Saturday, February 9, 2008
On making bear guards for camera traps
Our first bear guard design. When Bruin paws the hinged treadle the canary (a $1 security alarm) screams. The terrified and paw-pricked bear never touches another camera trap. Well, that's the theory, anyway.
I finally repaired the camera trashed by the bear. I dried it above the wood stove for a few days, and last weekend I resoldered the torn wires. When I turned it on for the walk test the controller and camera communicated like a charm.
I'm a little smarter now and not taking chances. Many camera trappers have no problems with bears at all, but I am not one of them. Now I only put cameras in the woods that are equipped with homemade bear guards. I have more camera traps than bear guards, however, so it was time to make some more.
I don't use junction boxes or spiked collars for camera traps any longer. Though functional, this set up was too much work to get to the camera.
Neighbor Richard and I have come up with several designs for bear guards, and all of them work. Any spiked metal frame attached to the camera case deters curious bears, but it took several designs to arrive at the quick-set bear guards seen below. If bruin used only his claws he might be able to disarm a camera case of its bear guard, but bears are ham-handed and lose interest as soon as they get pricked.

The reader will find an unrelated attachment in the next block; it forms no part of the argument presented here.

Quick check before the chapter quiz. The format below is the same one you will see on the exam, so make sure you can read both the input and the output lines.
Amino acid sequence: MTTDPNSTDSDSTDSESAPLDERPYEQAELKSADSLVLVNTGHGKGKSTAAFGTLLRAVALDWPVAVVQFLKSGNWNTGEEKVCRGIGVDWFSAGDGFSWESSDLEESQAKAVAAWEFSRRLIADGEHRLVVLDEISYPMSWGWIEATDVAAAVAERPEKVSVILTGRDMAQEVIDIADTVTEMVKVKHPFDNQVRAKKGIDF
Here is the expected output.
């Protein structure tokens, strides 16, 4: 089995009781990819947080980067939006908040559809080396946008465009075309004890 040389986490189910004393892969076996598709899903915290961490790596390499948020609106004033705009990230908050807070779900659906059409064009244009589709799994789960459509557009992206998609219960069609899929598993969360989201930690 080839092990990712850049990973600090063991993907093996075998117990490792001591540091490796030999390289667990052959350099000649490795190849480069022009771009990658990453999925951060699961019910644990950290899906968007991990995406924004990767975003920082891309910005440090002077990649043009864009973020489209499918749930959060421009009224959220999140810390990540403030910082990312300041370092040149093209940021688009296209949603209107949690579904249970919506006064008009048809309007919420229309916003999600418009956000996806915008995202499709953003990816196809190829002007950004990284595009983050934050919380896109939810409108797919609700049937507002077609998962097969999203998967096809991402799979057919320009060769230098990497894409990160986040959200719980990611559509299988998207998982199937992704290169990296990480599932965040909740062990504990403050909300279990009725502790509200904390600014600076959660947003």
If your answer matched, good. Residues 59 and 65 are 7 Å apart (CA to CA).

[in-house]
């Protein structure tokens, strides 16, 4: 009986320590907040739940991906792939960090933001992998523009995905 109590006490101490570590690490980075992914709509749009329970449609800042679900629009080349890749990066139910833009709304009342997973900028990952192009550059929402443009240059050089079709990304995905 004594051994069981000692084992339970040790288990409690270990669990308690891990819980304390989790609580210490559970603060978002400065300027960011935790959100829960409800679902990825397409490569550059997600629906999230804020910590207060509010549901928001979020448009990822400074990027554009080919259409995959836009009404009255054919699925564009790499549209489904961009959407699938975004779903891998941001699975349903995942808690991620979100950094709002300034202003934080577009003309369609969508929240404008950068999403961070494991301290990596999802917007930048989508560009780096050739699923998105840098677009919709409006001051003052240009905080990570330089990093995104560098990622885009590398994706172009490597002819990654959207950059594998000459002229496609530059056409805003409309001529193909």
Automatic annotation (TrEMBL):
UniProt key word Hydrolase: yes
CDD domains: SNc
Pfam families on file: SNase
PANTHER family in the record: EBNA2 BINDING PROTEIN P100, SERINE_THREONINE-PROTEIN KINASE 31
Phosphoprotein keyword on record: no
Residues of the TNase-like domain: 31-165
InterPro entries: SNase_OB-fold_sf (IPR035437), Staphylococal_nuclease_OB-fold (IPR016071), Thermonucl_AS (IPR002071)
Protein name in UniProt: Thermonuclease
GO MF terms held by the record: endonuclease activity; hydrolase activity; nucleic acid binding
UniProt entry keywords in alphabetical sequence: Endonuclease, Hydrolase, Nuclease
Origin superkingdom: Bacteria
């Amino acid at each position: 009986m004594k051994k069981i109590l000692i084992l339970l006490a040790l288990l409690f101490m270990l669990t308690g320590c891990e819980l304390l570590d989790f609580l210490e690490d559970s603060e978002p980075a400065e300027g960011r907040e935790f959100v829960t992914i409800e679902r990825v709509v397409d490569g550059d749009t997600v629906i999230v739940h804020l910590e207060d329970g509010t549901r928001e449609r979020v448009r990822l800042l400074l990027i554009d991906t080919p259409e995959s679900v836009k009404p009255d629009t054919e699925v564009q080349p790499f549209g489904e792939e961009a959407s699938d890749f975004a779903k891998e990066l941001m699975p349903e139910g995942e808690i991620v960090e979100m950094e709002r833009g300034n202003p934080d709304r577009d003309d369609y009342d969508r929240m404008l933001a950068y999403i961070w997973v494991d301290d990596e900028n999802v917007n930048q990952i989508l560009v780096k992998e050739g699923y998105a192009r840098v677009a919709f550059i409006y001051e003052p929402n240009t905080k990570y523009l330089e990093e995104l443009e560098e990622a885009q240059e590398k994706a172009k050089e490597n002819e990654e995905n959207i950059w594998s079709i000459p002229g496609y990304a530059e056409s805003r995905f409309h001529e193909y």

Richard improved the bear guard design with the addition of angled clamps which make it very easy to attach and remove the guard from Pelican cases. The guard is made of 3/4 x 1/8 inch angle iron. The clamps are excellent fasteners, but you have to cut off the strap slot on the top of the Pelican case. You can find pdf instructions for building it here (registration is free).
The fixed clamp of the bear guard grips the ridge on top of the Pelican case. The adjustable clamp uses a wing nut on a 1/4" threaded rod to grip the ridge on the bottom of the case.
Richard suggested making a more light weight version of the bear guard using 1/8 x 3/4 inch angle aluminum, instead of angle iron. It differs in a few details from the angle iron version described in the pdf. The joints are mitered rather than lapped, and the spikes are made of galvanized nails glued in place with J-B Weld. The iron version used sheet metal screws as spikes (which do not have to be glued--much easier to make).
To cut the aluminum accurately I made a cutting jig for the table saw (top photo, below). After drilling holes for the nails, the 4 pieces of the frame were clamped for welding (middle photo, below). Then the nails were glued in place and allowed to cure for 24 hours (bottom photo, below).
Excess J-B Weld was ground off with a Dremel tool, and the inner surface of the frame was coated with soft polyurethane to minimize scratching the Pelican case. Three pop rivets hold the top clamp in place, and the 1/4" x 20 nut for the bottom clamp is threaded and glued in place.
The cost of materials is about $12 for one, and I bought enough materials to make three. I'm lucky to have a neighbor like Richard who can build practically anything and always offers a helping hand.
I spray painted them this afternoon, and they'll be ready for use tomorrow.